Tuesday, July 31, 2012

Pope Benedict Talks The Eucharist This Past Sunday - Five Weeks of Eucharistic Posts - July 29 through August 26

As we continue My Five Weeks of Eucharistic Posts - July 29 through August 26 ( Bread of Life ) it is time to return to this past Sunday Mass readings that have started off the Eucharistic theme we are in.

I have been waiting for Pope Benedict's full  translated remarks at his Sunday Angelus because I figured his meditation would have a heavy Eucharistic theme. He did not disappointed. See "It Is Not the Eucharistic Food That is Changed Into Us, But Rather We Who Are Mysteriously Transformed By It"

Let me just post the Eucharistic remarks.

CASTEL GANDOLFO, Italy, JULY 30, 2012 (Zenit.org).- Here is a translation of the address Benedict XVI gave Sunday before and after praying the midday Angelus with those gathered at the papal summer residence in Castel Gandolfo

Dear brothers and sisters,

This Sunday we begin the reading of chapter 6 of John’s Gospel. The chapter opens with the episode of the multiplication of loaves, which Jesus then comments on in the synagogue in Capernaum, indicating himself as the “bread” that gives life. Jesus’ actions parallel those of the Last Supper: “He took the bread and, after giving thanks, he gave them to those who were seated.” Thus it is stated in the Gospel (John 6:11). The emphasis on the theme of “bread,” which is then shared, and on giving thanks (6:11, in Greek – “eucharistesas”), recalls the Eucharist, the Sacrifice of Christ for the salvation of the world.

The evangelist observes that the feast of Passover is near at this point (cf. 6:4). The focus turns to the cross, the gift of love, and to the Eucharist, the perpetuation of this gift: Christ makes himself the bread of life for men. St. Augustine comments on it in this wise: “Who, if not Christ, is the bread of heaven? But so that men might eat the bread of angels, the Lord of the angels became man. If he had not done this, we would not have his body; not having his body, we would not eat the bread of the altar” (Sermon 130, 2). The Eucharist is the permanent grand meeting of man with God, in which the Lord becomes our food, gives himself to transform us into himself.

In the scene of the multiplication of the loaves a young boy is also depicted, who, presented with the problem of feeding many people, puts what little he has at the disposal of the others: 5 loaves of bread and 2 fish (cf. John 6:8). The miracle does not produce its effect out of nothing: God is able to multiply our little gesture of love and make us participate in his gift. The crowd is struck by the marvel: it sees in Jesus the new Moses, worthy of power, and in the new manna, the future secured, but they stop at the material element, which they have eaten, and the Lord, “knowing that they wanted to come to take him to make him king, he retreated again to the mountain by himself” (John 6:15). Jesus is not an earthly king who exercises dominion, but a king who serves, who condescends to man to satisfy not only material hunger but above all the profound hunger for direction, for meaning, for truth, the hunger for God.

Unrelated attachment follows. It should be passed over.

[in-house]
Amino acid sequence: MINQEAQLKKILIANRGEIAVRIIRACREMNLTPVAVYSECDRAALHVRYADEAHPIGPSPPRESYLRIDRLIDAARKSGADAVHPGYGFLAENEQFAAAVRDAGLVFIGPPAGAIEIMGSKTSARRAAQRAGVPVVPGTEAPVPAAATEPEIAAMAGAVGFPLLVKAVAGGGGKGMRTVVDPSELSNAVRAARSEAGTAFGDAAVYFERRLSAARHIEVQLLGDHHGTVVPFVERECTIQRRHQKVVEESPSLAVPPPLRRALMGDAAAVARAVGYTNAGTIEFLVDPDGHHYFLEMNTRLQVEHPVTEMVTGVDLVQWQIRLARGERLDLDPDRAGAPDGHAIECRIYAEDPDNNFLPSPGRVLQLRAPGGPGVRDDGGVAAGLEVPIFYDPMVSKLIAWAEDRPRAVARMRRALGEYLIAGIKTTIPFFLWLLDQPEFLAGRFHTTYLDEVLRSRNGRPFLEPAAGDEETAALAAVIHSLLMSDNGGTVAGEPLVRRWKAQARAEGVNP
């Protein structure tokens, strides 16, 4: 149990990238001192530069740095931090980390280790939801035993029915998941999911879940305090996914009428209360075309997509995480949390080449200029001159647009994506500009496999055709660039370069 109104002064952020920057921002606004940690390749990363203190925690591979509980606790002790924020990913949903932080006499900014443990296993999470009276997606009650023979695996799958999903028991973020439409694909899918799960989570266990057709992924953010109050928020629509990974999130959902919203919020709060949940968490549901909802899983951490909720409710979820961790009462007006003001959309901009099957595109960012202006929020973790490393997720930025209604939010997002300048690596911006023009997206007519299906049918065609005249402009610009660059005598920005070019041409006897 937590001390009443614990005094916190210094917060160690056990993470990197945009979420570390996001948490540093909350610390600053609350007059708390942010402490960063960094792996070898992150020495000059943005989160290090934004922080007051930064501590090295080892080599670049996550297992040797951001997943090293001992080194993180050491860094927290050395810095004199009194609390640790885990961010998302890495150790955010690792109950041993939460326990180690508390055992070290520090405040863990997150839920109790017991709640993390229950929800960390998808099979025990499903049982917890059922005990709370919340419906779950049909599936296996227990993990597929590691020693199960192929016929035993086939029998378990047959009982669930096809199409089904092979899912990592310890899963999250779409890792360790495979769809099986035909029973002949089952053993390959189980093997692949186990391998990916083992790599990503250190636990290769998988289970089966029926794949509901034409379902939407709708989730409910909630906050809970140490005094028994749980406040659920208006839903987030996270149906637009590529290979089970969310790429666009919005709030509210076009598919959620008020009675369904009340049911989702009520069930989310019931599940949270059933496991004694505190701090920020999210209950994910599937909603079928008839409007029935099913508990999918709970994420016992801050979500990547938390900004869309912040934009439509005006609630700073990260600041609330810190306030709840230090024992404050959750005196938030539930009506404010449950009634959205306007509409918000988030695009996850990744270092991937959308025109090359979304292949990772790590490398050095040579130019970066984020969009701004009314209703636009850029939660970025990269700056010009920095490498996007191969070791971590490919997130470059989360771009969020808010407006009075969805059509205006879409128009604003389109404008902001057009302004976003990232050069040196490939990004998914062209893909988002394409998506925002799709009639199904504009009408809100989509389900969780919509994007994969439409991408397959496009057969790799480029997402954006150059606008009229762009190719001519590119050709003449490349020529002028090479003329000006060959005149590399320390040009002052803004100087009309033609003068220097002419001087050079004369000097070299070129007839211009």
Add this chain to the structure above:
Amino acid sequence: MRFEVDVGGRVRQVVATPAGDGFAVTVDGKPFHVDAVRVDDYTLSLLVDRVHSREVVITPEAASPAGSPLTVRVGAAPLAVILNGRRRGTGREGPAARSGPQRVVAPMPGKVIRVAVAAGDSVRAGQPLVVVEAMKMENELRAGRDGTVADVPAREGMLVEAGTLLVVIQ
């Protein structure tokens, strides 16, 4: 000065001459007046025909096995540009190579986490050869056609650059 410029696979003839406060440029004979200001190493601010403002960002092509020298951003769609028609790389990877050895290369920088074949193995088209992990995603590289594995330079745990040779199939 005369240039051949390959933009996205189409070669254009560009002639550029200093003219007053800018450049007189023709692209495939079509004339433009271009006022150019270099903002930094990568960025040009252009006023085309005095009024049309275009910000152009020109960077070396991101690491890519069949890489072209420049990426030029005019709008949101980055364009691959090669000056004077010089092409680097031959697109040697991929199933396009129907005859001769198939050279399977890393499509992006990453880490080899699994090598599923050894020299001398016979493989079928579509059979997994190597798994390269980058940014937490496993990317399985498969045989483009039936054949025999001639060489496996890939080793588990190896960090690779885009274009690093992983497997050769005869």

Dear brothers and sisters, let us ask the Lord to make us rediscover the importance of nourishing ourselves not only with bread, but with truth, with love, with Christ, with the body of Christ, faithfully participating in the Eucharist with keen understanding, to be ever more intimately united with him. In fact, It is not the eucharistic food that is changed into us, but rather we who are mysteriously transformed by it. Christ nourishes us by uniting us to himself; he draws us into himself (Sacramentum caritatis, 70). At the same time, we wish also to pray that no one ever lacks the bread that is necessary for a worthy life, and inequalities be overcome, not with the weapons of violence but with sharing and love.......

I am  posting all my daily posts on this at My Five Weeks of Eucharistic Posts - July 29 through August 26 ( Bread of Life )

Son of General William Tecumseh Sherman - Jesuit Priest, Patriot , and Kinda of Crazy ( St. Ignatius of Loyola Memorial Day Post )

Today the Church like every July 31 celebrates and recalls St. Ignatius of Loyola .

So the Jesuits come out of the woodwork today. On that note I wanted to highlight one of the Jesuit Priests I have always have taken a interest in . That is Rev Thomas Ewing Sherman son the great Civil War General William Tecumseh Sherman.

He had to say an interesting life that had some troubles. I am glad in the end it all seemed to work out for him. If you are ever driving down Interstate 49 in South Louisiana stop off and say a prayer at his grave in beautiful Grand Coteau.

Find a Grave has a good bio on him and mentions in the weird quirks of history who is buried besides him.

Priesthood Vocation Boom In the Diocese of Nashville

It now time to talk about " What's going right in the United States Catholic Church". Bad news sells and sadly we Catholic social media types often buy into the negative stories pushed by the media only and forget to provide some balance at times.